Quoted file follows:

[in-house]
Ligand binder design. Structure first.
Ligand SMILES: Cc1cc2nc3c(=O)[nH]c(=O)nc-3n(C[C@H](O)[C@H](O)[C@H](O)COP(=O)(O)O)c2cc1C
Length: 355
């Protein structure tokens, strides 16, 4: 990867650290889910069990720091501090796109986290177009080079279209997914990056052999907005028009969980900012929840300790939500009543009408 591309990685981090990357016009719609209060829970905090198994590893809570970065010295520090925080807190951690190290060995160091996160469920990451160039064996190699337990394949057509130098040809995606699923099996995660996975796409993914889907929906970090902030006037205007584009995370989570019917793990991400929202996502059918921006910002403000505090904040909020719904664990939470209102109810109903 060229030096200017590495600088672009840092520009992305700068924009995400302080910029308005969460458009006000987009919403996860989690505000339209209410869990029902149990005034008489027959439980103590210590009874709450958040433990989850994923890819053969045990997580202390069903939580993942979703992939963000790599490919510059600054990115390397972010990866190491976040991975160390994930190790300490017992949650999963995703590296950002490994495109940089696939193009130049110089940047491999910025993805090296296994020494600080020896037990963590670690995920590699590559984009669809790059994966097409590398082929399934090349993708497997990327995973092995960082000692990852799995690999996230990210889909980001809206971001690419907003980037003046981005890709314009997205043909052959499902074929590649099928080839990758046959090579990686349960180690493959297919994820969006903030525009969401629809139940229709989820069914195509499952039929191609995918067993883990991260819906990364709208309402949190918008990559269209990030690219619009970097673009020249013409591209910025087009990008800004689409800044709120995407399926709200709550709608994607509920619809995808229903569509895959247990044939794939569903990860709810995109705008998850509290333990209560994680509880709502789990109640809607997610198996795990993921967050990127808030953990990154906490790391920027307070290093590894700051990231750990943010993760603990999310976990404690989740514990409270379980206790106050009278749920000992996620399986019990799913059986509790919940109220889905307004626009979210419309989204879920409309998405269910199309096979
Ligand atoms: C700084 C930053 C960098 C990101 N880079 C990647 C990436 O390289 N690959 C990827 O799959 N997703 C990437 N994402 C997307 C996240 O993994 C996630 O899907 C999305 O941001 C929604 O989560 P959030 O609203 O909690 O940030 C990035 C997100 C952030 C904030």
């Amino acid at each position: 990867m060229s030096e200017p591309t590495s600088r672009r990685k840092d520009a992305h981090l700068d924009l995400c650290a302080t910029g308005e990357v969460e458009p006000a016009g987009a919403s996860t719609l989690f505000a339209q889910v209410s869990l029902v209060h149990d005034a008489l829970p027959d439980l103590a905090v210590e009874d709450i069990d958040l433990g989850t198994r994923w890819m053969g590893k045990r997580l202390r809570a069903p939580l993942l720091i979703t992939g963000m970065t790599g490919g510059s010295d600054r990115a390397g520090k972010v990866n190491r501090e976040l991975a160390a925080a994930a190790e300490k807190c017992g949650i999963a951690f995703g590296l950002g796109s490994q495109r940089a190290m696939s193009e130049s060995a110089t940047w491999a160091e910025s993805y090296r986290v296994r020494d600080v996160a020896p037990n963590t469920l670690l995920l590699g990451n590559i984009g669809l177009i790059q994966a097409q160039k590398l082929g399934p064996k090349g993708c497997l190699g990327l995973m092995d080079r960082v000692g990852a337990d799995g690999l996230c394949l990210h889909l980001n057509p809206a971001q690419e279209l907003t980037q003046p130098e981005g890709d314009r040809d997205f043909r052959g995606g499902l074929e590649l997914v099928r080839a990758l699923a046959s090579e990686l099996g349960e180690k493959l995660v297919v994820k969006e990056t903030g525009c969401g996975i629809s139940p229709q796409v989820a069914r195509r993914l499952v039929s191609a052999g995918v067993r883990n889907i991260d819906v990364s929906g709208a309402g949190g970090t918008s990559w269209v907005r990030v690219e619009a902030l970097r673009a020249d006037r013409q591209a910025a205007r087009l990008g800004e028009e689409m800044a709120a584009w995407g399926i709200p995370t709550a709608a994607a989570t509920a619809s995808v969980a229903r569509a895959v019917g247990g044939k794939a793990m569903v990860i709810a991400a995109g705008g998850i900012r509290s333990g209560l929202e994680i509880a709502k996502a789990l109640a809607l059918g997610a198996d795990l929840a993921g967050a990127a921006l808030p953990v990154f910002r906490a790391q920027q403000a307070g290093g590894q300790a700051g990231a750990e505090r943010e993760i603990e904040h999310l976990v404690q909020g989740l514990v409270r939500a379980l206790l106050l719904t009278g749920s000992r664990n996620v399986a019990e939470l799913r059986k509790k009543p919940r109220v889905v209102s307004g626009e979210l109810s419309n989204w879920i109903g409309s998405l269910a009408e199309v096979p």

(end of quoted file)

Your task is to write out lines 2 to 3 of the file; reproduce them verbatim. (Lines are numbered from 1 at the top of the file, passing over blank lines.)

Ligand binder design. Structure first.
Ligand SMILES: Cc1cc2nc3c(=O)[nH]c(=O)nc-3n(C[C@H](O)[C@H](O)[C@H](O)COP(=O)(O)O)c2cc1C